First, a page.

NOTE: These plug-in radiant heaters do not have built-in thermostatic controllers. The customer is required to either plug the heater into a pluggable thermostat or wire up a thermostat to control the heater from the outlet it is plugged into or associated wiring in the wall. We purchased a LUX WIN100 Programmable Outlet Thermostat for this heater when we got it. Thankfully, when the heater shorted out, it did not effect the thermostat. If you were to plug in a heater like this without a thermostat, it would probably burn out eventually from the continuous and unnecessary constant running.
DISCLAIMER: The instructions given in this guide will DEFINITELY VOID YOUR WARRANTY with the manufacturer. When working with anything electrical or with power tools, remember to play it safe and wear the appropriate safety gear. It is important to make sure all the electrical connections are thoroughly secure. If they do become loose, the high current may result in an electrical short and possibly a fire hazard. I am not a licensed electrician, so whatever you do, the onus of responsibility and liability is yours; I take no responsibility for any personal injuries or damage to your equipment that may result from attempting what is presented in the following instructions.
WHY NOT SEND IT BACK TO THE MANUFACTURER FOR REPAIR? When our heater failed to put out any heat after plugging it in this winter, I became painfully aware of what was meant by “limited” in a 5 year "limited" warranty. Basically the manufacturer told us that it would probably cost us at least $150 to ship it to them and very probably $300USD in shipping there and back if the heater did not have a factory defect from their perspective. This cost was just for shipping it within the same state where the manufacturer's facility is located. The heater itself retailed at $600-$650 and the manufacturer did not tell us what the repair cost would be, only stating that any repairs would only have a 90 day warranty. From what I could tell from searching on-line, I suspected the heater was probably electrically simple in design. I did not feel convinced that it was worth the cost or risk of sending it to the manufacturer for a simple repair and it turned out I was right. My only initial worry was that the actual heating element/s might have already been critically damaged, but the only way to know would be to pry open the case to determine the cause of the failure. Fortunately for me, the element was unaffected by the cause of the failures.
Step 1: Determine the Malfunction
First we need to determine if there is any continuity (closed circuit) within the heater's circuitry - this includes the heating element itself. Set a digital multimeter to the lowest resistance and then place the multimeter probes on the heater's power plug prongs to read the resistance at the neutral & hot plug contacts. Assuming the ambient room temperature is not at some crazy boiling temperature, the multimeter should show a lower resistance. In the case of this heater, if the elements are in normal working range, it should show 9-12 ohm resistance. As you can see in the picture, there is infinite resistance, which means there is an open circuit in the system. At this point, we still do not know why there is no continuity.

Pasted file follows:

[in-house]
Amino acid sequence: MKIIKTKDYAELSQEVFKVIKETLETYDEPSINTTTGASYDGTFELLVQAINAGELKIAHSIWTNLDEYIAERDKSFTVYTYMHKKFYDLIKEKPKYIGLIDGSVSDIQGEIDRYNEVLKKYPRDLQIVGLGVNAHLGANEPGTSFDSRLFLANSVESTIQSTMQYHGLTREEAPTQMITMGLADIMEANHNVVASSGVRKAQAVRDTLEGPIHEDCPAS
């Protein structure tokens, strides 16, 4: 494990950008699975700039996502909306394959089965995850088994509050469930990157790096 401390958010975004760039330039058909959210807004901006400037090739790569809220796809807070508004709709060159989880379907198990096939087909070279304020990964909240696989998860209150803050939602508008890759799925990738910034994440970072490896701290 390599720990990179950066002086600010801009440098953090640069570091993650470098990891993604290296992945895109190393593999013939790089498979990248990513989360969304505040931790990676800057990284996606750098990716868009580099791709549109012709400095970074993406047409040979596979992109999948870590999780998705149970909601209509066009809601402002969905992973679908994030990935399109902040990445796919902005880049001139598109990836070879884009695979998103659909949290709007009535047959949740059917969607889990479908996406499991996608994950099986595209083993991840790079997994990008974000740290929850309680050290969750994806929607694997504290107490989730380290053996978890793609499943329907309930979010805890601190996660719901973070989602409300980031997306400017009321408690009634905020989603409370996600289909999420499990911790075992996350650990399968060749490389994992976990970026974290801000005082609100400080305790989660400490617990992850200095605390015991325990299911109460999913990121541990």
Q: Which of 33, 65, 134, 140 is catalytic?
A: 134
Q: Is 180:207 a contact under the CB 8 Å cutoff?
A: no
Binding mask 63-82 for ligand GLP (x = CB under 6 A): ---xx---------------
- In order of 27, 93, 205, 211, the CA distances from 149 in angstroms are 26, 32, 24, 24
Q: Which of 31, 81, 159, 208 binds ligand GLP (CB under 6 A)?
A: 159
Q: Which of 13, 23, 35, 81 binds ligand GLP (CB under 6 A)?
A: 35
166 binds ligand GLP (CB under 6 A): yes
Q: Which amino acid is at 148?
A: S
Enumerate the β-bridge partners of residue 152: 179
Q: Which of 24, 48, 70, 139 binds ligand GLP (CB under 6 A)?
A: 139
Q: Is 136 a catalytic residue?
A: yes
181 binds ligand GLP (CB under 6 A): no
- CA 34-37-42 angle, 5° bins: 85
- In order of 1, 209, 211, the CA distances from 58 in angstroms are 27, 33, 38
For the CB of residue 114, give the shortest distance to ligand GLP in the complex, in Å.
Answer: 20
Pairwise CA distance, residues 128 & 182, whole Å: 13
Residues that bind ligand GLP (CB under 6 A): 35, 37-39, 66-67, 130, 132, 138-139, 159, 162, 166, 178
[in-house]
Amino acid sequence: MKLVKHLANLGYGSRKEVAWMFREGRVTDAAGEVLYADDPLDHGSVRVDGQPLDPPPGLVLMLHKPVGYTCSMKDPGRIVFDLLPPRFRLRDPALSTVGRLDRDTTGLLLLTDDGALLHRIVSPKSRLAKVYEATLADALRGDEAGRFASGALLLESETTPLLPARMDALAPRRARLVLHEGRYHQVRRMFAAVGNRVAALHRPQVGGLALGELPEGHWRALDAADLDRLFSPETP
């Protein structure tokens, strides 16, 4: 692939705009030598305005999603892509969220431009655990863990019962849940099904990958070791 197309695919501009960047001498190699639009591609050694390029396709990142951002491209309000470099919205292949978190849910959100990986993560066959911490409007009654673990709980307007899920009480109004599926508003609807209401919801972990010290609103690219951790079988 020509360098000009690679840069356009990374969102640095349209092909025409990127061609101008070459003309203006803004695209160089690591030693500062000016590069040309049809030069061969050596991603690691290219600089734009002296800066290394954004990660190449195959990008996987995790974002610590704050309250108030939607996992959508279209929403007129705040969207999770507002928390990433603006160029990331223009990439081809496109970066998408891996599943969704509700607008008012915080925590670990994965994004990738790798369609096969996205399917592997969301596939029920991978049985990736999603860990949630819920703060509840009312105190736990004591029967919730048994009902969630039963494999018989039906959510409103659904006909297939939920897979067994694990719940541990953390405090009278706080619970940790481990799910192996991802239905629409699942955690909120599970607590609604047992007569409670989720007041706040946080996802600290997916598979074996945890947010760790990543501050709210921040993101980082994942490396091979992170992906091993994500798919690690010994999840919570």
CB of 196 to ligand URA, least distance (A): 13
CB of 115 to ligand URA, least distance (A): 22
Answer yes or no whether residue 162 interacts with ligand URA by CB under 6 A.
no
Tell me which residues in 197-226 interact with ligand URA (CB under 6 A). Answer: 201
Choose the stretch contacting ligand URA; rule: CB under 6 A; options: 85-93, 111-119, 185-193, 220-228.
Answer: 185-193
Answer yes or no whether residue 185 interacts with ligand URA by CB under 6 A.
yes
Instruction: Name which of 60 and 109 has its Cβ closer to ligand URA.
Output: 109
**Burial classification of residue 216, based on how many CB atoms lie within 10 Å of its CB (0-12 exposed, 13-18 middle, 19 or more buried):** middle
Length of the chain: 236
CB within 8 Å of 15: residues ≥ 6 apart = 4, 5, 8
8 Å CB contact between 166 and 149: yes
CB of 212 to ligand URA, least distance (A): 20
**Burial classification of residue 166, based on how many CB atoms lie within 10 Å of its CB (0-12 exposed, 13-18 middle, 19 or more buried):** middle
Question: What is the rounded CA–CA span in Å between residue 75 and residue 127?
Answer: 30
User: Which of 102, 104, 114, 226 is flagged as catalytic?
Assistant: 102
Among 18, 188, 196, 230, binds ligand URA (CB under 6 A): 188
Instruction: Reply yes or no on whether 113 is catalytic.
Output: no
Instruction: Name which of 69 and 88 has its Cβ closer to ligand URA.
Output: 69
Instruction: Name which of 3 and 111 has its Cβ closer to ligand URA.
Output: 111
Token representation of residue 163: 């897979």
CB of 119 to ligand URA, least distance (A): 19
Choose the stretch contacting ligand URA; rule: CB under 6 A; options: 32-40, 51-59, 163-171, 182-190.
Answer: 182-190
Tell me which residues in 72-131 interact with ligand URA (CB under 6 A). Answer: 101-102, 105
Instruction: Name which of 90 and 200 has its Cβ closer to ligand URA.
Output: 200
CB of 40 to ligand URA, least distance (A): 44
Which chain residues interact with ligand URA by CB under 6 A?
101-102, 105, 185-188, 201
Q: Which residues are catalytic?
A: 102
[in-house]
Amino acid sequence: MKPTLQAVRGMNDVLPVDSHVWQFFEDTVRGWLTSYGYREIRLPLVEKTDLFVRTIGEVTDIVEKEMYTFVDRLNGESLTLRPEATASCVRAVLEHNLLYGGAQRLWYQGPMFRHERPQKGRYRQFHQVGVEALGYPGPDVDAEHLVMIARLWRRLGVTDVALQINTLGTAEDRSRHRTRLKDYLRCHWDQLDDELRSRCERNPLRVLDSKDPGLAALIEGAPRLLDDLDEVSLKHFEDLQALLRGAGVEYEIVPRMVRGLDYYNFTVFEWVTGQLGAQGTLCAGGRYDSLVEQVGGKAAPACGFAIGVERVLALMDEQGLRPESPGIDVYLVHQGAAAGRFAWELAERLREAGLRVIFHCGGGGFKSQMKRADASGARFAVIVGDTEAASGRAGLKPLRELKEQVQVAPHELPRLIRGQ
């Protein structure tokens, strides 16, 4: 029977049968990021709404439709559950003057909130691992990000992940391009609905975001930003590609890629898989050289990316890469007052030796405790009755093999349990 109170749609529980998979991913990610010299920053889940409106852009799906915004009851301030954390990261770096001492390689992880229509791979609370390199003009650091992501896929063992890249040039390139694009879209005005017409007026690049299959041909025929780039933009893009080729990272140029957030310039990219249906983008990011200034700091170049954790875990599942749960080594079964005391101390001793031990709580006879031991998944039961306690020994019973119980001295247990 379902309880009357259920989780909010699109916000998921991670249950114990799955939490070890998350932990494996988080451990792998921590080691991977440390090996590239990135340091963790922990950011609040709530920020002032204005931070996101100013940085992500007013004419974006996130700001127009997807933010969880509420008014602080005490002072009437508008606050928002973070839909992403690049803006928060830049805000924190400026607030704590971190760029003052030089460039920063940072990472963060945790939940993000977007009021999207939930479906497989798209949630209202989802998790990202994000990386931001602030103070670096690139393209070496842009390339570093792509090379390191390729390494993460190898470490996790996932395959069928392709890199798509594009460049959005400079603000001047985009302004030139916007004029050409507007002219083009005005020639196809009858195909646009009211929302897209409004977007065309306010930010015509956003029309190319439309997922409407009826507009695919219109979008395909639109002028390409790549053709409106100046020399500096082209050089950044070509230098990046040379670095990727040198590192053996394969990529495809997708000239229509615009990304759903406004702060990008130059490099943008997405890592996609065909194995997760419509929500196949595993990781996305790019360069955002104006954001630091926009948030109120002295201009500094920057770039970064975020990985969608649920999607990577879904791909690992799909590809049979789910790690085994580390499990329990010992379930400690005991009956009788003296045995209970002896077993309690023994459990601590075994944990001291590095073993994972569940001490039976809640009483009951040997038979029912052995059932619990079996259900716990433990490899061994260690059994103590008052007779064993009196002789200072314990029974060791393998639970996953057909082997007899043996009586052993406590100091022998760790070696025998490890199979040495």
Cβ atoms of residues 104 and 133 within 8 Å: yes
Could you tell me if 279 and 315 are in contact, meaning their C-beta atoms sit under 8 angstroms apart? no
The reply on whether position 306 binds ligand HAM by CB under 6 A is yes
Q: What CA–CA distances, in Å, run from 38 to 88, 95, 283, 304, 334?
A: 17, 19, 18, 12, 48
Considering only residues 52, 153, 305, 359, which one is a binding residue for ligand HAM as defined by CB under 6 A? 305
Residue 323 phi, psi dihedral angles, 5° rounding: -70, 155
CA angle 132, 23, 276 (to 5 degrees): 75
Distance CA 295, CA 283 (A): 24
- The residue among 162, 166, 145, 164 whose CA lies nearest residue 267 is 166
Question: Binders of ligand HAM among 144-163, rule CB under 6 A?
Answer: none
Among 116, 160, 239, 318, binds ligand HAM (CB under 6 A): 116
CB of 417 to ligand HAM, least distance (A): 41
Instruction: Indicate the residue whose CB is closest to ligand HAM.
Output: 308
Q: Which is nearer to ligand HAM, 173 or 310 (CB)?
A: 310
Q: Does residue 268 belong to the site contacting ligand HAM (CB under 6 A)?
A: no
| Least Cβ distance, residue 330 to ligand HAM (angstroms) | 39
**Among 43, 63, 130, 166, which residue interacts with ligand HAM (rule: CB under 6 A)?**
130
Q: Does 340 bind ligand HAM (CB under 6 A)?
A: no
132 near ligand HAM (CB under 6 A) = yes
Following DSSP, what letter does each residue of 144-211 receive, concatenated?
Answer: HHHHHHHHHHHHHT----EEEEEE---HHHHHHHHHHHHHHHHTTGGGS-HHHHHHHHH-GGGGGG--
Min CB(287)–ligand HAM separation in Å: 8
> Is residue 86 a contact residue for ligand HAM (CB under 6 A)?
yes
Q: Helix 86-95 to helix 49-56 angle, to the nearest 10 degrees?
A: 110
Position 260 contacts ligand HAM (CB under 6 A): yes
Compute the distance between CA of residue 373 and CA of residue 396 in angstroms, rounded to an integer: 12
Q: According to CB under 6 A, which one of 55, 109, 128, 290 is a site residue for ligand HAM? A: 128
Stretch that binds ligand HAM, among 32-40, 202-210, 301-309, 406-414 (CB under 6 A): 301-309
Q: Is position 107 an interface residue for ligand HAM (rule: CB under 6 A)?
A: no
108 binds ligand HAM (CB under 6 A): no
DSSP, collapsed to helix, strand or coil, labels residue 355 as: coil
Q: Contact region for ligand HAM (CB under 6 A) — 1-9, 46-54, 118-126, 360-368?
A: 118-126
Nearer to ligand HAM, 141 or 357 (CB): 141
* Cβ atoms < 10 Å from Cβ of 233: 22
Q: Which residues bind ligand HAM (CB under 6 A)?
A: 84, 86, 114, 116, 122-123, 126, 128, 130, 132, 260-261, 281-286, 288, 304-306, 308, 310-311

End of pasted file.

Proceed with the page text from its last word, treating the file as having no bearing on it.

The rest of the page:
Step 2: Removing the Holding Rivets
Since we know there is no continuity, we need to open up the casing to inspect and test where the fault(s) might be. For this, you will need a flat-head screwdriver and optional duct tape if you want to protect the case from scratches from the screwdriver. Before we can open up the case however, we need to use a Dremel tool to grind out two rivets: one that holds the power cord support bracket on the back of the panel and the other a ground (GRN) rivet which electrically binds the front metal housing to the back of the case. Remember that this little rivet needs to be replaced later when we reassemble the case. You will be using a screw for that instead of a rivet.
Step 3: Opening the Case/Housing
The front face housing floats off the back of the case. After grinding the rivets away, you can now use the flat-head screwdriver to lift up the front housing edging, in order to separate the front from the back. Use your thumbs to brace the back of the edging. The case is made of aluminum, which makes bending relatively easy, but you should always pry back on the thickest parts between the holes/slots - not on the hole areas themselves. You only need to pry open three sides of the front housing in order to separate the two halves of the heater housing.
Step 4: Further Investigation - Part 1
It is always good practice when to doing something like this to label all the wires and take basic pictures - like the ones here - before pulling things apart. After carefully opening up the case, you will now be able to continue your continuity checking of the wires inside.
As you can see in these images, it was obvious there was a dead short sparking on the back of the casing.
It was hot enough to melt and burn up the scotch-lock connector/self-stripping tap connector (CN2) on the neutral side of the wiring.
In my opinion, the use of scotch-lock connectors on a 12-15 amp constant draw appliance like this is questionable. The problem with these connectors is that the only direct contact between wires is at the tiny thin surface of splicing metal in the connector. Couple this with a device that is constantly heating to high temperatures and then cooling and it is no surprise that the contact area would loosen over time. This increases resistance at the contact, generating more heat, as evident in the picture. Ultimately in this case, the connector melted away, creating a fire and shorting on the housing.